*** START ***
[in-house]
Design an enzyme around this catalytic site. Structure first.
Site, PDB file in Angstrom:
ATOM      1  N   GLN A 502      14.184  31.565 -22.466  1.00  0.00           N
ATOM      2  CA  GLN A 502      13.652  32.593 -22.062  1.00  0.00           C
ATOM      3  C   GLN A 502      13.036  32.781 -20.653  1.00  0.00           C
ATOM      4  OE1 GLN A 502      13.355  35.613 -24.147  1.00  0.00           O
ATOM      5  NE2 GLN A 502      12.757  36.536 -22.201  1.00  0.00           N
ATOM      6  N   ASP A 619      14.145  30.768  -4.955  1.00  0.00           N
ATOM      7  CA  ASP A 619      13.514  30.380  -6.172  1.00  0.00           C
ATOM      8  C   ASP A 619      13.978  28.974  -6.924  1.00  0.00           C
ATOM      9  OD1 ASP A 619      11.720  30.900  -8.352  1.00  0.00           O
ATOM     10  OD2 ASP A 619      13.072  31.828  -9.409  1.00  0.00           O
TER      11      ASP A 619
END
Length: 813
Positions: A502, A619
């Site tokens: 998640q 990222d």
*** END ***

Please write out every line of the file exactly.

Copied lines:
[in-house]
Design an enzyme around this catalytic site. Structure first.
Site, PDB file in Angstrom:
ATOM      1  N   GLN A 502      14.184  31.565 -22.466  1.00  0.00           N
ATOM      2  CA  GLN A 502      13.652  32.593 -22.062  1.00  0.00           C
ATOM      3  C   GLN A 502      13.036  32.781 -20.653  1.00  0.00           C
ATOM      4  OE1 GLN A 502      13.355  35.613 -24.147  1.00  0.00           O
ATOM      5  NE2 GLN A 502      12.757  36.536 -22.201  1.00  0.00           N
ATOM      6  N   ASP A 619      14.145  30.768  -4.955  1.00  0.00           N
ATOM      7  CA  ASP A 619      13.514  30.380  -6.172  1.00  0.00           C
ATOM      8  C   ASP A 619      13.978  28.974  -6.924  1.00  0.00           C
ATOM      9  OD1 ASP A 619      11.720  30.900  -8.352  1.00  0.00           O
ATOM     10  OD2 ASP A 619      13.072  31.828  -9.409  1.00  0.00           O
TER      11      ASP A 619
END
Length: 813
Positions: A502, A619
């Site tokens: 998640q 990222d």